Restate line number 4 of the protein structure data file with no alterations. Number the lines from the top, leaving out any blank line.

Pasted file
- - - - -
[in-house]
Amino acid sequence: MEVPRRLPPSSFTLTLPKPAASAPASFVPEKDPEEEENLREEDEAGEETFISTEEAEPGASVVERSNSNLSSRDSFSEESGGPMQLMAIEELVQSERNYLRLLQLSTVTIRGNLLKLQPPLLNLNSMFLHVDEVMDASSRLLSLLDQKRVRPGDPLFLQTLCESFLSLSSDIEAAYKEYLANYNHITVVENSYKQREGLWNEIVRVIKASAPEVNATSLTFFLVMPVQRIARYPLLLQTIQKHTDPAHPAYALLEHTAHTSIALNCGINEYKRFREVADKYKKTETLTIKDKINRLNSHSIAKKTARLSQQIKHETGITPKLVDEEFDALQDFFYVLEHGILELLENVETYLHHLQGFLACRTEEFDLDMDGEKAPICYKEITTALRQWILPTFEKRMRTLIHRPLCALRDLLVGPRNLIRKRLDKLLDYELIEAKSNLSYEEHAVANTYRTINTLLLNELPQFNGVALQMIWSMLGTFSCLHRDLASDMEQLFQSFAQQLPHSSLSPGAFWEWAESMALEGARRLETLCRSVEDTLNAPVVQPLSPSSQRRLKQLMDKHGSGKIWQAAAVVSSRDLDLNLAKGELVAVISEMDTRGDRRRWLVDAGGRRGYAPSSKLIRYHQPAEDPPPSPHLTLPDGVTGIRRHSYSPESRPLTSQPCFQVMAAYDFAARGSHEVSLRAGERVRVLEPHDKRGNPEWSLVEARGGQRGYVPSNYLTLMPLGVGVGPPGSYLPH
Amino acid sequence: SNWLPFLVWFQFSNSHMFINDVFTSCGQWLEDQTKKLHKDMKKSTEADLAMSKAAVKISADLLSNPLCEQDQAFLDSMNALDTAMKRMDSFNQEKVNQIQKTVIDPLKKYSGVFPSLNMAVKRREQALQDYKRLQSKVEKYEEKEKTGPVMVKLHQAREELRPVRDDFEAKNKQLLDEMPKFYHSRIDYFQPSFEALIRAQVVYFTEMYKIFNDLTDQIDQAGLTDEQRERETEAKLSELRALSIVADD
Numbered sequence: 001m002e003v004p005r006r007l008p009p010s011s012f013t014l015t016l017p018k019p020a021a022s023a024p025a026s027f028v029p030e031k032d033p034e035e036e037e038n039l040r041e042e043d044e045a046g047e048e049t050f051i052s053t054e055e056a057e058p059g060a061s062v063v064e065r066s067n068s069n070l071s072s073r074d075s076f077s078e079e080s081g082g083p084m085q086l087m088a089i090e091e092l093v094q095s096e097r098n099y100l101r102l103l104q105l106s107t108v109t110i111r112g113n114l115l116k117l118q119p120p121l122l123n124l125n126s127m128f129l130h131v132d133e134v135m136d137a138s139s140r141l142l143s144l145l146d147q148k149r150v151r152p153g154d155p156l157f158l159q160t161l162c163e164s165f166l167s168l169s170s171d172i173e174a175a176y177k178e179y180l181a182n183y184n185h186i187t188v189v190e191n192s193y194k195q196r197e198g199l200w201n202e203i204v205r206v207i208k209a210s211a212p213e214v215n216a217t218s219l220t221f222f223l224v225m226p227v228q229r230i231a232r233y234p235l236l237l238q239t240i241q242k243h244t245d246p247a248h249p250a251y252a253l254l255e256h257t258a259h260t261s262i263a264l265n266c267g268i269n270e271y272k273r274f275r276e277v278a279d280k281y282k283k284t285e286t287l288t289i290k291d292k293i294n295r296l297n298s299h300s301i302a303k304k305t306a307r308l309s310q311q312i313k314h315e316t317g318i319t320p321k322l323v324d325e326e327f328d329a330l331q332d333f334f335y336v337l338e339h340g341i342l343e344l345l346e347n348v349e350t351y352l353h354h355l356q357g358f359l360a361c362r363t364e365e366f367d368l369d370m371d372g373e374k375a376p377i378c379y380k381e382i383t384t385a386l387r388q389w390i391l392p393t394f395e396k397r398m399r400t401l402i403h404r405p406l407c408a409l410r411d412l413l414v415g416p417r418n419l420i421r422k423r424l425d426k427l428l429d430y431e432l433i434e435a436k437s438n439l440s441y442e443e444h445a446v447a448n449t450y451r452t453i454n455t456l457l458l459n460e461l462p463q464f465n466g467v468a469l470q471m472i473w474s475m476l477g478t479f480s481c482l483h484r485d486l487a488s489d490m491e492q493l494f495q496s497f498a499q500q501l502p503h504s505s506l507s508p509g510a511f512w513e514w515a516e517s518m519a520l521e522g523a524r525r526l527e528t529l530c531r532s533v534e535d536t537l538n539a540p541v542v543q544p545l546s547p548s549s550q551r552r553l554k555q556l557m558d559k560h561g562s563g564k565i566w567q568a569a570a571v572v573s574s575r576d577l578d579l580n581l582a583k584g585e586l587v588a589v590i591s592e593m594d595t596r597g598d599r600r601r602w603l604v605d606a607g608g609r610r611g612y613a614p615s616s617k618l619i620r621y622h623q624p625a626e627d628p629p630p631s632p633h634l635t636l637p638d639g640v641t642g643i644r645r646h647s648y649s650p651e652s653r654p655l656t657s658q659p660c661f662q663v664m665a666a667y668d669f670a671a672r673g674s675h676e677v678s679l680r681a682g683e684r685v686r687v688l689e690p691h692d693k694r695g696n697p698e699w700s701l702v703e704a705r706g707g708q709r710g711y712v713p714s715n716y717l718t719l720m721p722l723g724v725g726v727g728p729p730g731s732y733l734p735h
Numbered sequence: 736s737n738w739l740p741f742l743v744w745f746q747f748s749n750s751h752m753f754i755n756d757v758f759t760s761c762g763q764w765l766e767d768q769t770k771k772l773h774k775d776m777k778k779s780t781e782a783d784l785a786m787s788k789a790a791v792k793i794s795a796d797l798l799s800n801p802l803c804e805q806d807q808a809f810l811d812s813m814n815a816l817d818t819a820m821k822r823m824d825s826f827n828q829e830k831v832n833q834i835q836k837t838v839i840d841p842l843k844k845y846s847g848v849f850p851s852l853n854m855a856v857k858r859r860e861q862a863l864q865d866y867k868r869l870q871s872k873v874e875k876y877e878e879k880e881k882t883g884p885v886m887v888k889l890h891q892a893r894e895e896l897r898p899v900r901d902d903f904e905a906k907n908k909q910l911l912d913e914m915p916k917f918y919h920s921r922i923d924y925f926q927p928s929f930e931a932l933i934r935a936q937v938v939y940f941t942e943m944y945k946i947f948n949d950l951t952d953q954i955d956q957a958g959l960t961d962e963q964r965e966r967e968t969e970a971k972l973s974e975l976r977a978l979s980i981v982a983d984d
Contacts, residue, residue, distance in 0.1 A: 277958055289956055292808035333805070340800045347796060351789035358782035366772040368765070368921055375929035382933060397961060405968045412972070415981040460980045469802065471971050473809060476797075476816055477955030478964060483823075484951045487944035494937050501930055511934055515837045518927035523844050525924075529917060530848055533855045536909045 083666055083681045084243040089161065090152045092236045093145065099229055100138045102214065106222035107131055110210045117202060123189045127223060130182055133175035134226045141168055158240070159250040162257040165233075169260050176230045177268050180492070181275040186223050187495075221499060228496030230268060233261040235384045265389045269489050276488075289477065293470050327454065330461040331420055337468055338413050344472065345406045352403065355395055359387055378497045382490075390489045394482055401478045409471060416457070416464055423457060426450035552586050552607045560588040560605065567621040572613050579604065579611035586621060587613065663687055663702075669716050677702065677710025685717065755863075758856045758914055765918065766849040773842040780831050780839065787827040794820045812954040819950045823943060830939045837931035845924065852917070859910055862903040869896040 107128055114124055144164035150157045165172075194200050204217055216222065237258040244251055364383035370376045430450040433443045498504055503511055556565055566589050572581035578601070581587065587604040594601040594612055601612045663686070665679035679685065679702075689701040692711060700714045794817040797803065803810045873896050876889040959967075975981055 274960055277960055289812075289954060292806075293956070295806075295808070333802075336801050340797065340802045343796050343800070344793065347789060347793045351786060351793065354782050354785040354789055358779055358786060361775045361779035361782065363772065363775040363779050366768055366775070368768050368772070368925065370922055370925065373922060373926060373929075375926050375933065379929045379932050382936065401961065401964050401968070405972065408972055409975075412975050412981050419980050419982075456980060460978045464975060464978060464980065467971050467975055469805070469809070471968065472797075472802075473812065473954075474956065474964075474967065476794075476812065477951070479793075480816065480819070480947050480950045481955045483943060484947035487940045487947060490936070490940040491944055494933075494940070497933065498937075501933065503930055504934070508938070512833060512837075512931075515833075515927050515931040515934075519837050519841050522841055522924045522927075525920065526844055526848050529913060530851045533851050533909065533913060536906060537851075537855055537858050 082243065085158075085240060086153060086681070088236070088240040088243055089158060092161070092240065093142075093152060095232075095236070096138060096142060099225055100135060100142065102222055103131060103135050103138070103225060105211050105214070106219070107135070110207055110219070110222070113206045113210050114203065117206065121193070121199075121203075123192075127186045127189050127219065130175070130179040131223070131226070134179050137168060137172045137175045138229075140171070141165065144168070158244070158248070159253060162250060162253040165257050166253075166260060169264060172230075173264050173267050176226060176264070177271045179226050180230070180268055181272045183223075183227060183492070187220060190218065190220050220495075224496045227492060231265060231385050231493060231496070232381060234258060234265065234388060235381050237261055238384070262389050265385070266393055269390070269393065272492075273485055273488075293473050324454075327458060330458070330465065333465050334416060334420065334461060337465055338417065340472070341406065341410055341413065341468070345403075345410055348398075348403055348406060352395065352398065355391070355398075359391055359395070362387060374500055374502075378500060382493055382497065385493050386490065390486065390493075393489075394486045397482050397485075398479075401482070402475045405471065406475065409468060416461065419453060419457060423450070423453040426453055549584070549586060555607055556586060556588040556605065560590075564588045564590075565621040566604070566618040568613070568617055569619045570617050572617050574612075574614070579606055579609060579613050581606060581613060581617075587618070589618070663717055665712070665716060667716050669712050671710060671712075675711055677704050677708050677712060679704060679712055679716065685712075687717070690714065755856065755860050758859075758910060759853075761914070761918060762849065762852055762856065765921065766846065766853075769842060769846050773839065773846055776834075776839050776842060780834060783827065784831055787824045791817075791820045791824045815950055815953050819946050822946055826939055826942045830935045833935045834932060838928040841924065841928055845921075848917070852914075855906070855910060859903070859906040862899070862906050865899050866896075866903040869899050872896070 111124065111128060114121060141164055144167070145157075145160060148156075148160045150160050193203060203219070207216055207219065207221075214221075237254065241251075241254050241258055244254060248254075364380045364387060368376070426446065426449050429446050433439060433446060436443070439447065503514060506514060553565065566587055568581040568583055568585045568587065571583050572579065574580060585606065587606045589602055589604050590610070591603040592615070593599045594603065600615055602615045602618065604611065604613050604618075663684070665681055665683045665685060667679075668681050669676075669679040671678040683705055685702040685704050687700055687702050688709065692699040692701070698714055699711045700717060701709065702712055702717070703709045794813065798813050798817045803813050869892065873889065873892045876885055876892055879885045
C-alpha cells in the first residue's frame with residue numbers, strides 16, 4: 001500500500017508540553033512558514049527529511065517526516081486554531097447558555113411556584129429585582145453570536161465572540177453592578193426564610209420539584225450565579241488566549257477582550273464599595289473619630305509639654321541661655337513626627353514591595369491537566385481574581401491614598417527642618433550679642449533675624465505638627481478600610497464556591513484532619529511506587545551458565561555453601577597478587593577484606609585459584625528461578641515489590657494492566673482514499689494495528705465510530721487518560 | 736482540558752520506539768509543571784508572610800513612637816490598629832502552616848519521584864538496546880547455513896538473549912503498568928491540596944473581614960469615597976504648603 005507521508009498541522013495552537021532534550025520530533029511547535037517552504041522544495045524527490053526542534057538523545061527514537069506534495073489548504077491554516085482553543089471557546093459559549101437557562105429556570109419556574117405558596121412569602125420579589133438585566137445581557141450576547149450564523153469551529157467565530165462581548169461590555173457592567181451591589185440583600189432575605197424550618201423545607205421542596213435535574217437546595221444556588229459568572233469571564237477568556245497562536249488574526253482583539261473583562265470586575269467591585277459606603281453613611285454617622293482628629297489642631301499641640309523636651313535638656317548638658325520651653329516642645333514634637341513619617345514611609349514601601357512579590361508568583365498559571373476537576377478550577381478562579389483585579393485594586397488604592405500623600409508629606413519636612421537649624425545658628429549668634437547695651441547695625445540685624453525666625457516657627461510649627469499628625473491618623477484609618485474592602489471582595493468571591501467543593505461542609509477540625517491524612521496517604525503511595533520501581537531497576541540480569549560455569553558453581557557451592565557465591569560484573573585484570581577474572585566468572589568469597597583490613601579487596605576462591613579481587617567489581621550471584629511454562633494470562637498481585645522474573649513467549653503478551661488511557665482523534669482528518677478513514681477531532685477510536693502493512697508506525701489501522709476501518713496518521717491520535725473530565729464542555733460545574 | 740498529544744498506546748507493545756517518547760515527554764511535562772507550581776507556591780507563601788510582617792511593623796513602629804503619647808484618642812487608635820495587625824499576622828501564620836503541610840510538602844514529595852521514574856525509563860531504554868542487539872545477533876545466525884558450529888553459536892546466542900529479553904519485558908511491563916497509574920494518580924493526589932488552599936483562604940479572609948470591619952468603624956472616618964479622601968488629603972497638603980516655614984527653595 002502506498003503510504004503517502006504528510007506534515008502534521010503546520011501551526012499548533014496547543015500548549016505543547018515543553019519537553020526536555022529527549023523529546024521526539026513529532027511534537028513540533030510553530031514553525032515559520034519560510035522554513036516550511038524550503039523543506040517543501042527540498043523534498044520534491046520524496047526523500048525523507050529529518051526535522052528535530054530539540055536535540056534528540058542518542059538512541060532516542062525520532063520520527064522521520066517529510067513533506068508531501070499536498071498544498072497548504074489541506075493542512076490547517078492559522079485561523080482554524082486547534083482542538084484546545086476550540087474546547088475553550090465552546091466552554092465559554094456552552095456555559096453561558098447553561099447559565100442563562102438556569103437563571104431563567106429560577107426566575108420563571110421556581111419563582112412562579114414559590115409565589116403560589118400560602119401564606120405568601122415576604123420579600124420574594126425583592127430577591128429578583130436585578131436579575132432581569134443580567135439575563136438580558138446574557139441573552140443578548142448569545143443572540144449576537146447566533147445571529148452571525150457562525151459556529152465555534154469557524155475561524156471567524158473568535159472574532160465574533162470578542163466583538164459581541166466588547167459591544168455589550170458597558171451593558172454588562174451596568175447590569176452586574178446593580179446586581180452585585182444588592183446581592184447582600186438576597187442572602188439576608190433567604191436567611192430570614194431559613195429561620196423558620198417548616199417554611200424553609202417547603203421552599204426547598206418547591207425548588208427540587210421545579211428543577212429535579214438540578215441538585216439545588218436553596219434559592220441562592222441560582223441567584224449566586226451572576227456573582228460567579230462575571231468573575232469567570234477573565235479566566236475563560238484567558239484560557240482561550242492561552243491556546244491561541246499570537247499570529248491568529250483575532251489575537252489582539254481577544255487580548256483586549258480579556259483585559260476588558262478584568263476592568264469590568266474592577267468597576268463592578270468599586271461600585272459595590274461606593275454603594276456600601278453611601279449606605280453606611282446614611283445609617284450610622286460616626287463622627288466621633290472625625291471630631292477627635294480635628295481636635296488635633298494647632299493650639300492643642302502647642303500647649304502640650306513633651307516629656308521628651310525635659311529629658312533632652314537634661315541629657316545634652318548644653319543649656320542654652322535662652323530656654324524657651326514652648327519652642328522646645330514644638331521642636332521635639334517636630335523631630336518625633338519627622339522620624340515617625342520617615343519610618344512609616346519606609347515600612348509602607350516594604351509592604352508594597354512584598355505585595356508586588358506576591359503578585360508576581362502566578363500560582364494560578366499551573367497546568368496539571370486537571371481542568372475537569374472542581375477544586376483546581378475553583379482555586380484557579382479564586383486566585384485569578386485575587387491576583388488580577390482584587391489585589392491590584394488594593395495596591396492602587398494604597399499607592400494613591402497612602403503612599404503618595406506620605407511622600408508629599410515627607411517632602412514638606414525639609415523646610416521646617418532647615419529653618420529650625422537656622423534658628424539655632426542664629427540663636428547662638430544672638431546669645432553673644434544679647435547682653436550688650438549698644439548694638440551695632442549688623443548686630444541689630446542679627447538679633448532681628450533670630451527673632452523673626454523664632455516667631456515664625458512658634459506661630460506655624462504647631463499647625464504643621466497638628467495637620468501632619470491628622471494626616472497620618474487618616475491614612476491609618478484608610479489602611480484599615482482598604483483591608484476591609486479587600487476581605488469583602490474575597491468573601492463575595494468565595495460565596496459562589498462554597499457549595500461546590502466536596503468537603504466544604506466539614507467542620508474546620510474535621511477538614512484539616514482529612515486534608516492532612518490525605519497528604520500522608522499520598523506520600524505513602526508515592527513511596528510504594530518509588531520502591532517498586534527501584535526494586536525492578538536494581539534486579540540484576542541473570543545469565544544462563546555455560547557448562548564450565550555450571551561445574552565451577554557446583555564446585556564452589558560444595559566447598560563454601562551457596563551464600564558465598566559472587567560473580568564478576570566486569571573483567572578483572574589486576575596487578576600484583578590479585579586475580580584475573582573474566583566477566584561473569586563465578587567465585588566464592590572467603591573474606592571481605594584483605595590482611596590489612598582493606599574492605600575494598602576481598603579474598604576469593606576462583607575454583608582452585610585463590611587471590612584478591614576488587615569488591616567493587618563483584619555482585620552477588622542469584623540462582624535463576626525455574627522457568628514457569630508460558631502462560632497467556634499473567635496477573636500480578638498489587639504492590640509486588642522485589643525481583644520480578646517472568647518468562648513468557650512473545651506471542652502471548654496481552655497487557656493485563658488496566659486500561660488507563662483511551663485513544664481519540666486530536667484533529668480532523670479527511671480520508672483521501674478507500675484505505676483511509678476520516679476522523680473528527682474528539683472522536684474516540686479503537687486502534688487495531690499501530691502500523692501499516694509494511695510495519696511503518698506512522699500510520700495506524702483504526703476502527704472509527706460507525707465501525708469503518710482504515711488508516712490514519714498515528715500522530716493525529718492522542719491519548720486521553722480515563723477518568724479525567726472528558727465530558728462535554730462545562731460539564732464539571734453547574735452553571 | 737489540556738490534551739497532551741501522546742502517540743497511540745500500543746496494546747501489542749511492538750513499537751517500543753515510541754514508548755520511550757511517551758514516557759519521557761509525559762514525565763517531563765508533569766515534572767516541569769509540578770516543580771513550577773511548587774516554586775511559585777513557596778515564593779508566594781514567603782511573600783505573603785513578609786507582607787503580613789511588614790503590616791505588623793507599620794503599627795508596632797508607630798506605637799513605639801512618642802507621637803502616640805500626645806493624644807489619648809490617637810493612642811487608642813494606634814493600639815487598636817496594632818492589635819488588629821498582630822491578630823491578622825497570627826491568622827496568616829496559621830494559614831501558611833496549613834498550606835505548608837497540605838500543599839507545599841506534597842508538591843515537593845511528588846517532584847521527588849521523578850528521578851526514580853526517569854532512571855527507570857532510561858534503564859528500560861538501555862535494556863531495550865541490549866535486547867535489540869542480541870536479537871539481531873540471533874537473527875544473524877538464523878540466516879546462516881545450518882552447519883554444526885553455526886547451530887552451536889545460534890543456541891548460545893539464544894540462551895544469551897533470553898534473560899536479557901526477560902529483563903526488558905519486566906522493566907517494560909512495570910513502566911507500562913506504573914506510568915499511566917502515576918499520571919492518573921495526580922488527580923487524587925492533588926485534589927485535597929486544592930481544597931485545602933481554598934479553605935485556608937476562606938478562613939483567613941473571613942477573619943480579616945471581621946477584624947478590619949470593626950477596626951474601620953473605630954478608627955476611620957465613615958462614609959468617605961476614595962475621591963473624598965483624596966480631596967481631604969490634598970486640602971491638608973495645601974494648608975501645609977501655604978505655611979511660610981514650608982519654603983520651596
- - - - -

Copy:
Numbered sequence: 001m002e003v004p005r006r007l008p009p010s011s012f013t014l015t016l017p018k019p020a021a022s023a024p025a026s027f028v029p030e031k032d033p034e035e036e037e038n039l040r041e042e043d044e045a046g047e048e049t050f051i052s053t054e055e056a057e058p059g060a061s062v063v064e065r066s067n068s069n070l071s072s073r074d075s076f077s078e079e080s081g082g083p084m085q086l087m088a089i090e091e092l093v094q095s096e097r098n099y100l101r102l103l104q105l106s107t108v109t110i111r112g113n114l115l116k117l118q119p120p121l122l123n124l125n126s127m128f129l130h131v132d133e134v135m136d137a138s139s140r141l142l143s144l145l146d147q148k149r150v151r152p153g154d155p156l157f158l159q160t161l162c163e164s165f166l167s168l169s170s171d172i173e174a175a176y177k178e179y180l181a182n183y184n185h186i187t188v189v190e191n192s193y194k195q196r197e198g199l200w201n202e203i204v205r206v207i208k209a210s211a212p213e214v215n216a217t218s219l220t221f222f223l224v225m226p227v228q229r230i231a232r233y234p235l236l237l238q239t240i241q242k243h244t245d246p247a248h249p250a251y252a253l254l255e256h257t258a259h260t261s262i263a264l265n266c267g268i269n270e271y272k273r274f275r276e277v278a279d280k281y282k283k284t285e286t287l288t289i290k291d292k293i294n295r296l297n298s299h300s301i302a303k304k305t306a307r308l309s310q311q312i313k314h315e316t317g318i319t320p321k322l323v324d325e326e327f328d329a330l331q332d333f334f335y336v337l338e339h340g341i342l343e344l345l346e347n348v349e350t351y352l353h354h355l356q357g358f359l360a361c362r363t364e365e366f367d368l369d370m371d372g373e374k375a376p377i378c379y380k381e382i383t384t385a386l387r388q389w390i391l392p393t394f395e396k397r398m399r400t401l402i403h404r405p406l407c408a409l410r411d412l413l414v415g416p417r418n419l420i421r422k423r424l425d426k427l428l429d430y431e432l433i434e435a436k437s438n439l440s441y442e443e444h445a446v447a448n449t450y451r452t453i454n455t456l457l458l459n460e461l462p463q464f465n466g467v468a469l470q471m472i473w474s475m476l477g478t479f480s481c482l483h484r485d486l487a488s489d490m491e492q493l494f495q496s497f498a499q500q501l502p503h504s505s506l507s508p509g510a511f512w513e514w515a516e517s518m519a520l521e522g523a524r525r526l527e528t529l530c531r532s533v534e535d536t537l538n539a540p541v542v543q544p545l546s547p548s549s550q551r552r553l554k555q556l557m558d559k560h561g562s563g564k565i566w567q568a569a570a571v572v573s574s575r576d577l578d579l580n581l582a583k584g585e586l587v588a589v590i591s592e593m594d595t596r597g598d599r600r601r602w603l604v605d606a607g608g609r610r611g612y613a614p615s616s617k618l619i620r621y622h623q624p625a626e627d628p629p630p631s632p633h634l635t636l637p638d639g640v641t642g643i644r645r646h647s648y649s650p651e652s653r654p655l656t657s658q659p660c661f662q663v664m665a666a667y668d669f670a671a672r673g674s675h676e677v678s679l680r681a682g683e684r685v686r687v688l689e690p691h692d693k694r695g696n697p698e699w700s701l702v703e704a705r706g707g708q709r710g711y712v713p714s715n716y717l718t719l720m721p722l723g724v725g726v727g728p729p730g731s732y733l734p735h